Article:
September 09, 2010

The Fall From Grace

“G-d struck down Lucifer and sent him spilling from the heavens and into the Earth. His wings were taken and his appearance went from fair to foul.” It was the first line of the story I had tried to write my sophomore year of high school. I fumbled around with it for a while, tried to find a voice that I could latch onto, a guide that would help me tell the tale.

I was almost sixteen years-old and an avid reader. I loved science-fiction and fantasy, wanted to be like Tolkien and Bradbury. It didn’t seem out of reach or impossible, all I needed to do was find the voice, catch the willow-of-the-wisp that would ferry me across the River Styx, my personal Charon.

Even now you can hear the echoes of the writers that influenced me in my youth. I’d like to say that I made the same mistake as Icarus, that I soared too high, that my flame burned too brightly to shine for long. It would be a lie. My life had long since lost that spark of hope that the youth of the world rely upon. I felt like I was nothing more than a broken toy that had once been shiny and new and now was buried at the bottom of the toy box. I could see glimpses of daylight, but I had no idea how to claw my way back to the surface.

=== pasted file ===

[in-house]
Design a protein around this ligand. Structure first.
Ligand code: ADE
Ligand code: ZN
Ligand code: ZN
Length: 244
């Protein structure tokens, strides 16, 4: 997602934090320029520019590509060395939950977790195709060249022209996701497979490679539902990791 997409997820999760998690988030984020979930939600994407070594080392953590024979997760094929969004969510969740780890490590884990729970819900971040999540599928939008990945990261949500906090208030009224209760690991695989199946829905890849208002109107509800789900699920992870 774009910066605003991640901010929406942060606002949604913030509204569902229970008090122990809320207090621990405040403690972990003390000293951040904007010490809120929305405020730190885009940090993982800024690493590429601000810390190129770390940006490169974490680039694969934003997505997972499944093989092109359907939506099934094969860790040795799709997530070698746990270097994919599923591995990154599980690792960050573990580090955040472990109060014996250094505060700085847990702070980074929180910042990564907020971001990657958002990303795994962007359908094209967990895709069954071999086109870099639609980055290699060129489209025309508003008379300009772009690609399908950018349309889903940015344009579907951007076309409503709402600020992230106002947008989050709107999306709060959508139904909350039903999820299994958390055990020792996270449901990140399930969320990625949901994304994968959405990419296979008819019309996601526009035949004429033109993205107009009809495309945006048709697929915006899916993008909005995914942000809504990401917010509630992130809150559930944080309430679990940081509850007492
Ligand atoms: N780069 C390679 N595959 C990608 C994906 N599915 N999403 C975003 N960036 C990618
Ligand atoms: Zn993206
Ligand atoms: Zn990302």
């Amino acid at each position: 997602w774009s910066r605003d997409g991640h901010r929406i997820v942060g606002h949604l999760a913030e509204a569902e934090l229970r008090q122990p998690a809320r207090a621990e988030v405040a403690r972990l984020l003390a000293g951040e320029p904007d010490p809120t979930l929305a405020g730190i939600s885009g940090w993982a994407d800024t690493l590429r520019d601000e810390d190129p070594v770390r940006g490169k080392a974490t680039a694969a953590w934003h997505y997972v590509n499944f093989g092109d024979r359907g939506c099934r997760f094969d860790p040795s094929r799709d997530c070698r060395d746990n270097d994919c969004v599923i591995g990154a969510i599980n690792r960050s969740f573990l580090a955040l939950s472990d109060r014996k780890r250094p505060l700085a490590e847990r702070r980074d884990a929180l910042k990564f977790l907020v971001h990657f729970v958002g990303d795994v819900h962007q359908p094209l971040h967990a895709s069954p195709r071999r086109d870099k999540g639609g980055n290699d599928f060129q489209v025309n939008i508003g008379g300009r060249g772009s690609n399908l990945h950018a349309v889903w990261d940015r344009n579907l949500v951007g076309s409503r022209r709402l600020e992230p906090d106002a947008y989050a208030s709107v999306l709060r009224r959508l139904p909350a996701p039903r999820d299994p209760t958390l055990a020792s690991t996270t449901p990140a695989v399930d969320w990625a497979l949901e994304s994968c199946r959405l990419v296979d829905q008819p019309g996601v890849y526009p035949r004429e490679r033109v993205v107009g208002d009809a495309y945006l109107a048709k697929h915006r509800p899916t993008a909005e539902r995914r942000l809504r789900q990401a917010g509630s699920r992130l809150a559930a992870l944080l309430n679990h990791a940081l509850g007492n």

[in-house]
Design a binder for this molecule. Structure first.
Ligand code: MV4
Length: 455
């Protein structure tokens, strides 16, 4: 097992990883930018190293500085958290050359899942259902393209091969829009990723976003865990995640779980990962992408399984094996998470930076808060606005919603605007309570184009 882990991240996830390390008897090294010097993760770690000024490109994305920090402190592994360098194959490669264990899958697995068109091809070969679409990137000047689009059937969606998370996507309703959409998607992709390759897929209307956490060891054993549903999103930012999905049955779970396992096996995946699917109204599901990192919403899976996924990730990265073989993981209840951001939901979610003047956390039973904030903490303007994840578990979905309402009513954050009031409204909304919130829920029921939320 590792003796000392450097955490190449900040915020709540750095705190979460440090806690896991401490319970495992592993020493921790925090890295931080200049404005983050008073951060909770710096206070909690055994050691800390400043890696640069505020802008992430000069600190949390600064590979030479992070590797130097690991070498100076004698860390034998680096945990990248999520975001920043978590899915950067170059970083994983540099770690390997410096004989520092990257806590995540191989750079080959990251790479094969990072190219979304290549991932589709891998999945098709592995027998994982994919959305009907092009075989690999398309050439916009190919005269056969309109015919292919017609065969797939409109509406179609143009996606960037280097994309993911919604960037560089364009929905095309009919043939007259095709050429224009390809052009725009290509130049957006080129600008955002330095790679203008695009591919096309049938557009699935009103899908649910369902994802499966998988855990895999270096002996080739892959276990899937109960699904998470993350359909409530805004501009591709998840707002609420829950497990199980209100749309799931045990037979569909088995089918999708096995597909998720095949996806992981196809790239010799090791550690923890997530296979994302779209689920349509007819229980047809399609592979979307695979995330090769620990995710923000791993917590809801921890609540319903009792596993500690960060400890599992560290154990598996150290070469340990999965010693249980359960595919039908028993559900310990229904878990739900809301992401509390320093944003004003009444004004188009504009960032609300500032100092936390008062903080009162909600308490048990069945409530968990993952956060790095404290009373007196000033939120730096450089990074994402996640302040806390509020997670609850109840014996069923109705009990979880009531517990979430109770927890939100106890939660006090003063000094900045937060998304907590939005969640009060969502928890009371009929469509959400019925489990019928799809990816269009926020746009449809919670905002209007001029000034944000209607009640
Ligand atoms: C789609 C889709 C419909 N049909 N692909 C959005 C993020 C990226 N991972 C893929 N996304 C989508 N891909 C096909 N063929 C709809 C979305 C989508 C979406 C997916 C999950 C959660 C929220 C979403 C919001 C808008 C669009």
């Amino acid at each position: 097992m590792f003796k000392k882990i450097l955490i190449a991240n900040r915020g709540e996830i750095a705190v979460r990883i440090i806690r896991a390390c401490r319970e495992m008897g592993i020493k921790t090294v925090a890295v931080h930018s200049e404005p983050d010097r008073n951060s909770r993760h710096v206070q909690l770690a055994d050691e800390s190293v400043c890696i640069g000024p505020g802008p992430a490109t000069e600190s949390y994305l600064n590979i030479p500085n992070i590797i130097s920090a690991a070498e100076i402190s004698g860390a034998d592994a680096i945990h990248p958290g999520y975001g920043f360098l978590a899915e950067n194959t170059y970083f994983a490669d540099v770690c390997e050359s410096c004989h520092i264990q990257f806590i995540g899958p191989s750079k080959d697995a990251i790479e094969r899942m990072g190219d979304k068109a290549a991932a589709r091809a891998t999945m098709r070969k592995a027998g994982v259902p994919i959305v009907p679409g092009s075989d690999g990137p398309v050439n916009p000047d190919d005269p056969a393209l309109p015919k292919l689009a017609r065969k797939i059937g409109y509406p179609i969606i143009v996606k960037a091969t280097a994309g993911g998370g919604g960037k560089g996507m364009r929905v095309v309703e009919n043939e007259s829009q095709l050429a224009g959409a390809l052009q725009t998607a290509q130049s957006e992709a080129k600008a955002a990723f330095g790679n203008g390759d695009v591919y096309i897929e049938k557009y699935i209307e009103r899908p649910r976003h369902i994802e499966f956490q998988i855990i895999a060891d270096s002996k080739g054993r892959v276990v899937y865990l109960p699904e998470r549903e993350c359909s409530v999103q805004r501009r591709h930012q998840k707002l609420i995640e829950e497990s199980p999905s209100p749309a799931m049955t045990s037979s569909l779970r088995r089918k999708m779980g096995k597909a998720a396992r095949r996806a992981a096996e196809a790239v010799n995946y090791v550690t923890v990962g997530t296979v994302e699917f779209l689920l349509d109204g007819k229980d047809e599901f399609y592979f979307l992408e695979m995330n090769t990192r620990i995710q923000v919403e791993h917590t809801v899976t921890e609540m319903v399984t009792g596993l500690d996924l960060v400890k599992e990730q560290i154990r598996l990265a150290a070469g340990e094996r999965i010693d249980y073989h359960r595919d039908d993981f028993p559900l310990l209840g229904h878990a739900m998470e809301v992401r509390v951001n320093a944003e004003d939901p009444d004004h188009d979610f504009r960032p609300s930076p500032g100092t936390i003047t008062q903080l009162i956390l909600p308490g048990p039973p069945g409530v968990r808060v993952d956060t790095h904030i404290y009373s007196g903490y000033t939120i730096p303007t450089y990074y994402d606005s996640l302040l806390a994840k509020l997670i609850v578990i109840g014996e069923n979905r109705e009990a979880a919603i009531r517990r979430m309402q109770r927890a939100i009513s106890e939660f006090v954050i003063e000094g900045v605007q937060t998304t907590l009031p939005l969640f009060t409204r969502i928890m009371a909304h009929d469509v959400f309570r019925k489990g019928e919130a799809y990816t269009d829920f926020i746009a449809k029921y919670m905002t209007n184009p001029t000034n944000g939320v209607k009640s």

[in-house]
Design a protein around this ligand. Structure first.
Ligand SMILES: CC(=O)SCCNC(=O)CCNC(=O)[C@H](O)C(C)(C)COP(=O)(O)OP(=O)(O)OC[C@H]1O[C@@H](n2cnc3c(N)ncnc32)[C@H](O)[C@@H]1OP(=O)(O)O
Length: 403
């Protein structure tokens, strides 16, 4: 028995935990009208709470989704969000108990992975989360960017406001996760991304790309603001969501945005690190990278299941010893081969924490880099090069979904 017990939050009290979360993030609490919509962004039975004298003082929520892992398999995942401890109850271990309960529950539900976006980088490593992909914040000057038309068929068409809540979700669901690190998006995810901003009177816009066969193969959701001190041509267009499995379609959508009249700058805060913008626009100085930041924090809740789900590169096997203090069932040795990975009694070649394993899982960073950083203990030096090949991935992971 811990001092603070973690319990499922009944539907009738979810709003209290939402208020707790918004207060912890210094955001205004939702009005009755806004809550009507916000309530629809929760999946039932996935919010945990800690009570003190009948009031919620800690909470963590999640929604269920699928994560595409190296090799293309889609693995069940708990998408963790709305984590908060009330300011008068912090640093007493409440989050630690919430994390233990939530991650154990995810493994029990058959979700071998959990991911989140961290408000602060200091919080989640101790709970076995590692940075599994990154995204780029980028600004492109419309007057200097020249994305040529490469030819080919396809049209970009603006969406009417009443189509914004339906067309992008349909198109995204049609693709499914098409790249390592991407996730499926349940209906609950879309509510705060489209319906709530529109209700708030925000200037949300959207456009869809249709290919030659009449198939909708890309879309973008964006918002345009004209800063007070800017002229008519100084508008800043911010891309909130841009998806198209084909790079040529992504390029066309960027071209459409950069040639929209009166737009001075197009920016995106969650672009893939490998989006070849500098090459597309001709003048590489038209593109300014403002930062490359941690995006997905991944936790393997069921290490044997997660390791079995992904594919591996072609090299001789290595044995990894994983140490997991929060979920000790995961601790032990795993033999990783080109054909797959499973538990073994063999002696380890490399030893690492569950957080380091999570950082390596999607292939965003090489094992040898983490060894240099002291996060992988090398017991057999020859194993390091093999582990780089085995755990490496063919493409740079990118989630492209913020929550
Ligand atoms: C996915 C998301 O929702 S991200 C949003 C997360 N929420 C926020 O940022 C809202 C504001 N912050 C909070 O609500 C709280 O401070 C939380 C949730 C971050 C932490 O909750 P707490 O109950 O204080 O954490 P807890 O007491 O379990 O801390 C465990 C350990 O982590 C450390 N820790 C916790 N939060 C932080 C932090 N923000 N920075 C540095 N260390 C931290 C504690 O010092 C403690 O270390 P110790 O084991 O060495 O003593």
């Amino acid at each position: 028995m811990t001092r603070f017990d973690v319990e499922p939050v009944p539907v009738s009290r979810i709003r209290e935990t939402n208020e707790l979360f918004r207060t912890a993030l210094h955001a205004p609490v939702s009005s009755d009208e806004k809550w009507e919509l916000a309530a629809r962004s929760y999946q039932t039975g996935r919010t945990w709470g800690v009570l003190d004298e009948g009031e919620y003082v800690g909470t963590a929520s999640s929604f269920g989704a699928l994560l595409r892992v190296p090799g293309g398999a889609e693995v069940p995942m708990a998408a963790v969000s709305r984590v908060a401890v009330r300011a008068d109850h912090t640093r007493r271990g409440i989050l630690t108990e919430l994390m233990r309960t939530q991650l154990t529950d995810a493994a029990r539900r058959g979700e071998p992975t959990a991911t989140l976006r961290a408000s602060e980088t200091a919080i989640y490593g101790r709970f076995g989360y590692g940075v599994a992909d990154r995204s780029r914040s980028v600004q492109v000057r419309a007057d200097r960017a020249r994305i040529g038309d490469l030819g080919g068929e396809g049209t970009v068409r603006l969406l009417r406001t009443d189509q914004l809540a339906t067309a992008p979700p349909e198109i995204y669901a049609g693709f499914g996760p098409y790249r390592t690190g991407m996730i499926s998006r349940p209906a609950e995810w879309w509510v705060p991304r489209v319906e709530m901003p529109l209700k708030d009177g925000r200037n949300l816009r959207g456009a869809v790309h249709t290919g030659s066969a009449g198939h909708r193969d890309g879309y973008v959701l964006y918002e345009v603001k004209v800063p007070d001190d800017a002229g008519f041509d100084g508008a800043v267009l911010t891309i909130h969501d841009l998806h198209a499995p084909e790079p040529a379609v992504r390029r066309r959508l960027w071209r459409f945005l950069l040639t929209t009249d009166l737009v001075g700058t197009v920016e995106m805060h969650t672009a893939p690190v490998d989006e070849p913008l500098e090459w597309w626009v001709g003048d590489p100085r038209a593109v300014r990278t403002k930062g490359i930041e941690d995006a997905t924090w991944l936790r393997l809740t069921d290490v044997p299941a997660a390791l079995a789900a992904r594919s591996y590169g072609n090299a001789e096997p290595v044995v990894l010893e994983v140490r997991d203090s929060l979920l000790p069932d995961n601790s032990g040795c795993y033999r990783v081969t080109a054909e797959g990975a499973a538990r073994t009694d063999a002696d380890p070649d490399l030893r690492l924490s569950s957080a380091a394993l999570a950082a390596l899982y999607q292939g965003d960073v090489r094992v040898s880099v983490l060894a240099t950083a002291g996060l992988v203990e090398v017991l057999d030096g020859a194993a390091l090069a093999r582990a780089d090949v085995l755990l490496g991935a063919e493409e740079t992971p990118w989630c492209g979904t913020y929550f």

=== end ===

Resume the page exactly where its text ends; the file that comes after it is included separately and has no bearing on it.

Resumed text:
Georgie might have been crazy. He might have been certifiable, but he was my lifeline into the world. He was the reason that I did more than just go to work. He was the reason that I didn’t just lie in bed or in front of the television.

A past love had told me that my affection for Georgie was equivalent to suffering from “Stockholm Syndrome.” She had said the same thing that many did about Georgie, that he would die a violent death and that he would cause nothing but pain to those around him.

I wonder if she would be surprised to see me now, to know that I was the reason he was dead. I wonder if she could recognize me, if any remnants of the love that we had shared remained or if I was nothing more than a dried up husk. Once I had been in love. Once I had felt alive and not dead inside. She wasn’t afraid to look at the darker places inside of me, didn’t think that I was broken, just lost.

And for a time her belief in me had made me feel like maybe she was right, like there might be a place for me, a chance to make something of myself. But that time was so long ago it was no longer real to me.

There is no question that her departure from my life corresponded with my own downward spiral, my own destructive nature took me to places I was afraid to be. The daylight was no longer bright and the sun was no longer warm. When she left it was abrupt and without warning.

She had told me that she loved me. She had promised to never leave me and I had believed her. I had tried to hold on to that belief, tried to convince myself that one day I would come home and find her waiting for me. But the days turned into weeks and the weeks became months and time never stopped moving, but my heart did.

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